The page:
Using Our Outside Voices. Today in Outside Voice, Jack McGowan's "A River Runs Through Us" explores the complex history of the Willamette River, and introduces a Port of Portland project that aims to engage the public in its restoration. In other recent posts, Cathy Turner of Friends of Terwilliger writes a letter to architect John Charles Olmsted about the Eagle Point addition to Terwilliger Parkway. Nastassja Pace of Travel Oregon sings the praises of Oregon's Scenic Bikeways, the only official state-run program of its kind in the country, and the colossal impact of bike tourism on Oregon's economy. And finally, the Intertwine Alliance's Ramona DeNies talks with British filmmaker David Bond, director of the documentary Project Wild Thing and self-proclaimed "Marketing Director for Nature."
Call for Ecology Research. The Urban Ecology Research Consortium of Portland/Vancouver (UERC) is prepping for its annual symposium, set for Feb. 9, 2015, with a call for abstracts for oral and poster presentations. Accepted through Nov. 24, abstracts can focus on biological, chemical, physical and social sciences; land use planning, habitat management and restoration; citizen science; or environmental education. More details and early conference registration here.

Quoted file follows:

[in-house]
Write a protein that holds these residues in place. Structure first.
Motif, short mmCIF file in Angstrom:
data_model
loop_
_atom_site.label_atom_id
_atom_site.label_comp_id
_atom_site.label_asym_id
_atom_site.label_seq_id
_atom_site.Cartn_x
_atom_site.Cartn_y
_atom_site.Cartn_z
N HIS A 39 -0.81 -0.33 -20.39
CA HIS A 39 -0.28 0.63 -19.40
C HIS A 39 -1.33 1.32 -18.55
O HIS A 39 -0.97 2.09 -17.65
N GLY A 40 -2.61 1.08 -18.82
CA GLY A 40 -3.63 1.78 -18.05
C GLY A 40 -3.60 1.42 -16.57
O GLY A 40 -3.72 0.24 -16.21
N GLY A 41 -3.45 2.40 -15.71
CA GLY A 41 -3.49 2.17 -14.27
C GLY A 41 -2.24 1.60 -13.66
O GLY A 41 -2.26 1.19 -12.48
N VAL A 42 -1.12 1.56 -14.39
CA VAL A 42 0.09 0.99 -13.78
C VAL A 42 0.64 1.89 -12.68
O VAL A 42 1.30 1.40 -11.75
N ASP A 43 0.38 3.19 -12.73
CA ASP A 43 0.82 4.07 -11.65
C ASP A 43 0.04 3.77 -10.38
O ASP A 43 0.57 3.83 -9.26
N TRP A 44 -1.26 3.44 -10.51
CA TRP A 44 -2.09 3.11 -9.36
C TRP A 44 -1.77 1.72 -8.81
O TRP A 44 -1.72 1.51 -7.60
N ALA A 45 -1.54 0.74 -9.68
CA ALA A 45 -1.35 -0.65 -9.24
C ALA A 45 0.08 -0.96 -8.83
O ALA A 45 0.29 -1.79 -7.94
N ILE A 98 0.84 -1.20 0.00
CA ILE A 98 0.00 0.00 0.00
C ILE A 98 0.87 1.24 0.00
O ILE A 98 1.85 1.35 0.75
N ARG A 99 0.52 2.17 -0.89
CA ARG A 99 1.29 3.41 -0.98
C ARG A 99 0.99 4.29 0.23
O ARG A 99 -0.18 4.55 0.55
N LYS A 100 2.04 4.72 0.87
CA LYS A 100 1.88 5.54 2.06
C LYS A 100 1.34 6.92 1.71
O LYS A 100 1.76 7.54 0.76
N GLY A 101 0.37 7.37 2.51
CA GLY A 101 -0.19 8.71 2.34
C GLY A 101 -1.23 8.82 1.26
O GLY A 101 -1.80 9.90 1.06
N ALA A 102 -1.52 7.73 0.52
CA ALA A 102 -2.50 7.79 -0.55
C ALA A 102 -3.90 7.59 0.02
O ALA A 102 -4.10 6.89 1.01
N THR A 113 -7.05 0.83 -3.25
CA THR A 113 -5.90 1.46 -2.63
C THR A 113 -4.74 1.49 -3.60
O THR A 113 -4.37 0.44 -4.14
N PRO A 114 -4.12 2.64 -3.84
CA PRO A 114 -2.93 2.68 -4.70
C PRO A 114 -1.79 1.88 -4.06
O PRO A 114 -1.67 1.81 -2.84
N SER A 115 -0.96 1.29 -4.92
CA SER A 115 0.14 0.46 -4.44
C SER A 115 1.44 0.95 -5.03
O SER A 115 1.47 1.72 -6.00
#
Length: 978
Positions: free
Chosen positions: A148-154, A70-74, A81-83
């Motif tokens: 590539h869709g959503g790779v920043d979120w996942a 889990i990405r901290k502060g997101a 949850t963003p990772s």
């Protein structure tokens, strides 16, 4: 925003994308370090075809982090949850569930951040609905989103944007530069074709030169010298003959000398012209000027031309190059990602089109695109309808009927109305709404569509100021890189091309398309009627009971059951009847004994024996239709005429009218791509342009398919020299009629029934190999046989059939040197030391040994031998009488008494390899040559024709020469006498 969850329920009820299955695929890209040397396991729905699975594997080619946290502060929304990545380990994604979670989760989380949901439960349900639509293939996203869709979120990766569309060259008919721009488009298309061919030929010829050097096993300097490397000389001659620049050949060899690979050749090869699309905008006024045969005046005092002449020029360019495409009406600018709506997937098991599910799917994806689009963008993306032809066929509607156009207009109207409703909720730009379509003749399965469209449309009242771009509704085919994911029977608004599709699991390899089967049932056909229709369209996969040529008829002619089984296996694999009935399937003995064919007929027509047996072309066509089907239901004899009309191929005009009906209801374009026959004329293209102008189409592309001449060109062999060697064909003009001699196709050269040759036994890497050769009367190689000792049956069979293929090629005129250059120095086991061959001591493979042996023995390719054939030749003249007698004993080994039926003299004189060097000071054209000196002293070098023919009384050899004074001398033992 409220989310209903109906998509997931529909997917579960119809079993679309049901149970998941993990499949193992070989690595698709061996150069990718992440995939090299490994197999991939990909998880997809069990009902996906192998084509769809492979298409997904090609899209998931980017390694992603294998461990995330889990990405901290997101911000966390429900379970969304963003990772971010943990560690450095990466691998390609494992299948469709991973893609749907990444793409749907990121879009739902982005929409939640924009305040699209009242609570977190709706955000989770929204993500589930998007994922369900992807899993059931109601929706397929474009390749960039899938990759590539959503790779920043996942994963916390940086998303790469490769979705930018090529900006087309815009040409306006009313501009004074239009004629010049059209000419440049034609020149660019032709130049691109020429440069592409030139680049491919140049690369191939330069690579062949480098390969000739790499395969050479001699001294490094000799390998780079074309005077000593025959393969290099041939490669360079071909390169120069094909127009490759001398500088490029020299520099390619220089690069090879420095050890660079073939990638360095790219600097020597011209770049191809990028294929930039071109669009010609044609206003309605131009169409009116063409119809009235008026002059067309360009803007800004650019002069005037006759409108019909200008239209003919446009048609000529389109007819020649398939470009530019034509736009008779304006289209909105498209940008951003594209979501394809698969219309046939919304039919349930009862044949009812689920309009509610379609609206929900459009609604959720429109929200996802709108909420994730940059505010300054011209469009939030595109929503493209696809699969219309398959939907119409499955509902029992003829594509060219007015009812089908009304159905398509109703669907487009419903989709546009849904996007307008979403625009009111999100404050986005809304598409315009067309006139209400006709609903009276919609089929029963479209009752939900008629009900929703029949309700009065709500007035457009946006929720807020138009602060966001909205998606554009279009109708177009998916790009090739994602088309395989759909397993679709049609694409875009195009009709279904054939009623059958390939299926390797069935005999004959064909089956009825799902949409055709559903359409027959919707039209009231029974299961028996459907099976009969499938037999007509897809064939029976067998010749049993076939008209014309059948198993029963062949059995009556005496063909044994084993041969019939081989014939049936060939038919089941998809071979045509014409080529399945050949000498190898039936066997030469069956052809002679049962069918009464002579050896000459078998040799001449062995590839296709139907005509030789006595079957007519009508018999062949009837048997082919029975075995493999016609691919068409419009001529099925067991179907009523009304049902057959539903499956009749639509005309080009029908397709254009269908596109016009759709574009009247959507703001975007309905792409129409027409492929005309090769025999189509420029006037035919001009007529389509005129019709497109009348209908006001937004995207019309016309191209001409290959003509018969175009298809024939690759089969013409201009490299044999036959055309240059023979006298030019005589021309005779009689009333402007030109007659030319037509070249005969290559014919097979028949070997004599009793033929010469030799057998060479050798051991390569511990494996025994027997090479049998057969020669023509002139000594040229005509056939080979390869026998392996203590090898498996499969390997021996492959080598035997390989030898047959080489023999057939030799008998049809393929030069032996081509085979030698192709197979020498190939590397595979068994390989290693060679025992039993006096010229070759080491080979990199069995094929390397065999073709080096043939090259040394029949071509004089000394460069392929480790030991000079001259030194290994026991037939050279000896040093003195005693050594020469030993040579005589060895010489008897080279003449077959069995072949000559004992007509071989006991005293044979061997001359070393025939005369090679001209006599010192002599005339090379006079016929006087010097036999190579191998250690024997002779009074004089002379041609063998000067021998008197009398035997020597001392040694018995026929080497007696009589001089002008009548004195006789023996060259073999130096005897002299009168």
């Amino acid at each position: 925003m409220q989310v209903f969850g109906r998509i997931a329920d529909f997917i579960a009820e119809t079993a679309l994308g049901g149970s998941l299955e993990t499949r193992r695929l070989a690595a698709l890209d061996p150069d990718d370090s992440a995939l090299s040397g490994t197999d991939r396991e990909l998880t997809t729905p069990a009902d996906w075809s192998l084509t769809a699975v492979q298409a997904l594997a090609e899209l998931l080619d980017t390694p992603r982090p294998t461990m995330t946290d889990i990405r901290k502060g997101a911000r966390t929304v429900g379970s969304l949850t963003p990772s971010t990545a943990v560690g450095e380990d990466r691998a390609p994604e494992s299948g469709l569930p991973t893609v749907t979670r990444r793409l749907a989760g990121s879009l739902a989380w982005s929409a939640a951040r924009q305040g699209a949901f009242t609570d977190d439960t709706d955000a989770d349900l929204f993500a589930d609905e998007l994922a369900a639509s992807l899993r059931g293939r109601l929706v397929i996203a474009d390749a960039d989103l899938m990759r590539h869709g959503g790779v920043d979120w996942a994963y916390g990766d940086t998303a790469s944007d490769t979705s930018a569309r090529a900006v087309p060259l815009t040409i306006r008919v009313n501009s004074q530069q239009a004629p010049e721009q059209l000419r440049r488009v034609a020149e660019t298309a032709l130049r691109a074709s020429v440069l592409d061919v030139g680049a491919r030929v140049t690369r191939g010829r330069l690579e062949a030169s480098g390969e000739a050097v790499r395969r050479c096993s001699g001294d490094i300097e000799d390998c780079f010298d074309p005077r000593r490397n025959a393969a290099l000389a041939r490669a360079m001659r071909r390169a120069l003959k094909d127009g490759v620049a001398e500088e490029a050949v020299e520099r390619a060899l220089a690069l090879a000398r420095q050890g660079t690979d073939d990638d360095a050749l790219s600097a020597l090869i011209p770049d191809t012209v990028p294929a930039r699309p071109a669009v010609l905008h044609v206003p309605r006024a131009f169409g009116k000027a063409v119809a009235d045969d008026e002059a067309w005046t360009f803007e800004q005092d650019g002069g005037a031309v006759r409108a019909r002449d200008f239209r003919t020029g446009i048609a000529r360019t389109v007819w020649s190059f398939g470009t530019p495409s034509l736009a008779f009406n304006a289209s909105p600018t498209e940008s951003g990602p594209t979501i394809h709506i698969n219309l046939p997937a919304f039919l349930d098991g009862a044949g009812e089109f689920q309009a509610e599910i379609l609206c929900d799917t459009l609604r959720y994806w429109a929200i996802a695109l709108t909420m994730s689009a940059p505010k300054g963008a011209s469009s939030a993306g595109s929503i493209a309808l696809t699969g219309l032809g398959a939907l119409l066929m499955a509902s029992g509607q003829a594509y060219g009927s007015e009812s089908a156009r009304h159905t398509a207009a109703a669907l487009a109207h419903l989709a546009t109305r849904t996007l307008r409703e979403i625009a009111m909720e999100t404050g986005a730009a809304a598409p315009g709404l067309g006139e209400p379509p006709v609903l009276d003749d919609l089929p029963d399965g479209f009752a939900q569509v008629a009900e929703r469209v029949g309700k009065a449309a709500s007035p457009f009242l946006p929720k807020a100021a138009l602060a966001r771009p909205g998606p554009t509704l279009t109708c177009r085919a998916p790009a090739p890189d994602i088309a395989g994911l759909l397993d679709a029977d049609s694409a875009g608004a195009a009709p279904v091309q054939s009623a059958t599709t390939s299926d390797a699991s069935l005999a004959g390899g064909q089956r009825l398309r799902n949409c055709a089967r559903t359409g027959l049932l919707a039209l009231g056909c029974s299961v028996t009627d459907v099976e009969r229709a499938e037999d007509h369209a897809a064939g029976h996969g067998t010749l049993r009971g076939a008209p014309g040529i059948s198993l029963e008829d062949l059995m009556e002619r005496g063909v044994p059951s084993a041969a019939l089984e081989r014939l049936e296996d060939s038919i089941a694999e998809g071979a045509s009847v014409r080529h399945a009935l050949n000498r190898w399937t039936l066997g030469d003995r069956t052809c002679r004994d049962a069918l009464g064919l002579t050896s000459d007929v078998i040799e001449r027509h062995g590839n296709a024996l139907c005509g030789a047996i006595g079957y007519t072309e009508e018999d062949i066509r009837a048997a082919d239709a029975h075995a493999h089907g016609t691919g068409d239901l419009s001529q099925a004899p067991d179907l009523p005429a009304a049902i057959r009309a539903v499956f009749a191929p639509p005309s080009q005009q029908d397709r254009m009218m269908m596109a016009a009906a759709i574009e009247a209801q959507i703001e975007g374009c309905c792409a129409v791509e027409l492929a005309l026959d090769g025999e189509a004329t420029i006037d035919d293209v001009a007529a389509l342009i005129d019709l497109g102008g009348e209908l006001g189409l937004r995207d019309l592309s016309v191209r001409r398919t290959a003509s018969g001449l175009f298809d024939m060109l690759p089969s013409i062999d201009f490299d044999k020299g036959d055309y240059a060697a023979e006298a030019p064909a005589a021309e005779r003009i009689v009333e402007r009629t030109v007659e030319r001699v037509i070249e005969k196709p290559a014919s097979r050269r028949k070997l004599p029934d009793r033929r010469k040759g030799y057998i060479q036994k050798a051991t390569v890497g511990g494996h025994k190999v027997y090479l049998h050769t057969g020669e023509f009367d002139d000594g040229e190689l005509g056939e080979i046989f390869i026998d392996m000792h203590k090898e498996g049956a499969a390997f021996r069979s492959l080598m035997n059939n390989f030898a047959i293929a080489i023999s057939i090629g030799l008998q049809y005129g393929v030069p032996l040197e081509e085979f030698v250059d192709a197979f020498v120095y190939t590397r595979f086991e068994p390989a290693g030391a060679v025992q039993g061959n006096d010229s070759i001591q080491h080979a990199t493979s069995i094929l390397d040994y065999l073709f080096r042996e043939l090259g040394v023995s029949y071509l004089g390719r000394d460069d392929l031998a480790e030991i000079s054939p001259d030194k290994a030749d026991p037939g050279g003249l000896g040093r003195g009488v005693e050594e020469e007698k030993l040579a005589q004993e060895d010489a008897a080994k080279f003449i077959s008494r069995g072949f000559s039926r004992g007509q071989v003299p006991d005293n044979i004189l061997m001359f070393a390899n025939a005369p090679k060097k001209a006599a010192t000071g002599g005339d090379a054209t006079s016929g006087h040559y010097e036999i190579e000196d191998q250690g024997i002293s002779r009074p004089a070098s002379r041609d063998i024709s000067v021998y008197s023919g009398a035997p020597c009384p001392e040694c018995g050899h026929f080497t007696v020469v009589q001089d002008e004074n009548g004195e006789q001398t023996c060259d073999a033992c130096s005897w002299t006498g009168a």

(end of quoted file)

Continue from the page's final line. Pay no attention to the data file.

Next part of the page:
Share Your Climate Smarts. In 2009, the Oregon Legislature required the Portland metropolitan region to reduce per capita greenhouse gas emissions from cars and small trucks by 2035. After four years of collaboration with regional partners and the public, a draft of Metro's Climate Smart Strategy is ready for review. The public is invited to provide feedback from Sept. 15 through Oct. 30. Take a short survey at, or download the document and give more in-depth feedback.

Partner Happenings

Tree for AllOne Million Trees & Shrubs. A group of partners from around the Portland region have kicked off a campaign to plant one million native trees and shrubs in Washington County's Tualatin River Watershed in a single planting season. Part of the Tree for All community stream planting challenge, the campaign organized by Clean Water Services is a partnership of cities, nonprofits, farmers, volunteers, schools and public land managers. Click here for more info and a calendar of community events. View photos from the Sept. 19 kick-off.